AAHI has developed a diagnostic test for visceral leishmaniasis (VL) that spares patients painful and potentially dangerous spleen or bone marrow biopsies and an innovative vaccine that has demonstrated safety and immunogenicity in Phase 1 clinical trials.
AAHI collaborates to provide protection against leishmaniasis.
AAHI scientists were instrumental in development of diagnostic proteins used in simple and rapid blood tests for VL that deliver easy-to-read results in just ten minutes. These proteins enable diagnostic tests that do not require the previously standard painful needle biopsies of the spleen or bone marrow. These diagnostic tests are widely distributed in areas most burdened by VL, including Brazil and India.
AAHI has also created a VL vaccine, combining AAHI’s innovative recombinant protein, LEISH-F3, with AAHI’s immune-stimulating adjuvant formulation GLA-SE. The vaccine demonstrated safety and immunogenicity in Phase 1 clinical trials (NCT01484548 & NCT01751048).
LEISH-F3 was later formulated with AAHI’s SLA-SE adjuvant formulation and tested in comparison to GLA-SE in a Phase 1 clinical trial sponsored by the Bill and Melinda Gates Foundation (NCT02071758). Both vaccine formulations were shown to be safe and to induce the desired immune response.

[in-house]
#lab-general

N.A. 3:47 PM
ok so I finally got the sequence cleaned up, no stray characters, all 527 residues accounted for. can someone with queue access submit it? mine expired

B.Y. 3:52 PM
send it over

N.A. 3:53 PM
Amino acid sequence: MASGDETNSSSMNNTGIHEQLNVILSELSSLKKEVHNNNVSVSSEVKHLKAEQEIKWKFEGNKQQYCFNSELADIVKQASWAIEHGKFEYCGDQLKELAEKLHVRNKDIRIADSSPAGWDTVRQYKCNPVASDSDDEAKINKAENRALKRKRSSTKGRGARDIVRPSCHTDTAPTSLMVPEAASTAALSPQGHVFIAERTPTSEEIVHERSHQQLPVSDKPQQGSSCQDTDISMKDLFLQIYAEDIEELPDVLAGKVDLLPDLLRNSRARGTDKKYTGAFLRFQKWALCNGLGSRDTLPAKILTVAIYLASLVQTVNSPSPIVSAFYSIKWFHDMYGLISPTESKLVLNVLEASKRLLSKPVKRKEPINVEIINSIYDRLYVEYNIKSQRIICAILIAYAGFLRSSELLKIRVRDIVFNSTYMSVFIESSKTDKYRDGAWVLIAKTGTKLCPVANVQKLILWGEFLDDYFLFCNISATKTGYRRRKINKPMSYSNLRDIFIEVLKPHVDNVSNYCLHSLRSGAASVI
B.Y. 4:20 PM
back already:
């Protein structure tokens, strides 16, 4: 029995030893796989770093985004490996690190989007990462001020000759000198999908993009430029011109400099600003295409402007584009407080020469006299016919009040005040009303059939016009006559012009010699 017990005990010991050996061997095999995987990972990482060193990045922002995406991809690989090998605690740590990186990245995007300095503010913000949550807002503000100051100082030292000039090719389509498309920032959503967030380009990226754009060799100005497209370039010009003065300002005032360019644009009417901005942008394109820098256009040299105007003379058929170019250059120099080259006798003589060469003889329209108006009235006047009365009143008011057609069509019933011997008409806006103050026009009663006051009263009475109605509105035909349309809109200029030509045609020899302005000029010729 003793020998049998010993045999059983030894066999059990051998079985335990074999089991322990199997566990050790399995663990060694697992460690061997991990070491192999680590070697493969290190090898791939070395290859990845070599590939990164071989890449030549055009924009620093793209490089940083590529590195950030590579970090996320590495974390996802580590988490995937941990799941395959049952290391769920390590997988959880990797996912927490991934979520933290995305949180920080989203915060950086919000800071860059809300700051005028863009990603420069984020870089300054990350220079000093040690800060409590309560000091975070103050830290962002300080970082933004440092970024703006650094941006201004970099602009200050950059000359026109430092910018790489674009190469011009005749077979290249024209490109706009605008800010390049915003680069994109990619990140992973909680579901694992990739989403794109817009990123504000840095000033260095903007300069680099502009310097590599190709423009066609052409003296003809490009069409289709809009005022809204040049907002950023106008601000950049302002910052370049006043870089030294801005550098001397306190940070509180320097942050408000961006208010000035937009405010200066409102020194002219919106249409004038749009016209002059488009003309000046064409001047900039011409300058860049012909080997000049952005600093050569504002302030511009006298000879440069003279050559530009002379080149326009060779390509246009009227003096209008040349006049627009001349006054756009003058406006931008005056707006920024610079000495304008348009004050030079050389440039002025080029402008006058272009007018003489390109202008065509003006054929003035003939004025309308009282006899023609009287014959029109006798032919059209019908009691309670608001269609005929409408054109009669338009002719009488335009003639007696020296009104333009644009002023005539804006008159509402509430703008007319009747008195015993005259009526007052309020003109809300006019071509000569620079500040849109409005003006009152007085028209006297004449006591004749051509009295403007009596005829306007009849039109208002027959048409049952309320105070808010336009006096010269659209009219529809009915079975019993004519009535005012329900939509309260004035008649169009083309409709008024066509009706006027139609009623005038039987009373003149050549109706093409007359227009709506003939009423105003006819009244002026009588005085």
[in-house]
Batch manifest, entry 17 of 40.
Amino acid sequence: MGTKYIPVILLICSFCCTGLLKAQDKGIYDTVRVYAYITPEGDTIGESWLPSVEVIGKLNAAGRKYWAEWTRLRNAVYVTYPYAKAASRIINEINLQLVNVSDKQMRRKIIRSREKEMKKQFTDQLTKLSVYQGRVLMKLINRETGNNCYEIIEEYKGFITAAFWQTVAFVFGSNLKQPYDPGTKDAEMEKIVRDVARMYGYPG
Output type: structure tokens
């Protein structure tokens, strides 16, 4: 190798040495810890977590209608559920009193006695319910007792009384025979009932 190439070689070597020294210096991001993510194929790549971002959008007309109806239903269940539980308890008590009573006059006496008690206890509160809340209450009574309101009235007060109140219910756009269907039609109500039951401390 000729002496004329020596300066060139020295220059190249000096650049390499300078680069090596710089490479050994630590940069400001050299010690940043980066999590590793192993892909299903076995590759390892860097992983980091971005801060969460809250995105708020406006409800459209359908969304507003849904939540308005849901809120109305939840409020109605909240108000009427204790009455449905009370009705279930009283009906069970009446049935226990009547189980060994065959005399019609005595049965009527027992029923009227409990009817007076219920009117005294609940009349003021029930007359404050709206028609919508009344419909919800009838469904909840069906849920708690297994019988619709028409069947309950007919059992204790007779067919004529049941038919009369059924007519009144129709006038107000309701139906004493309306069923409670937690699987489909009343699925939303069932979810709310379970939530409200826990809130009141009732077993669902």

The bite of the female phlebotomine sandfly, no bigger than the tip of a crayon, can transmit the parasites that cause visceral, cutaneous, and mucosal leishmaniasis (VL, CL, and ML, respectively). VL is 95% fatal if untreated and causes fever, weight loss, and anemia. CL and ML are less severe but can cause serious disabilities. In 2017, the World Health Organization estimated that leishmaniasis caused the loss of over half a million years of health for people primarily living in Brazil, Ethiopia, India, Sudan, Kenya, and Somalia. An estimated 50,000 to 90,000 new cases of VL occur worldwide annually. While insecticide sprays and nets can deter the sandflies, there is no vaccine yet to prevent any of the leishmanial diseases.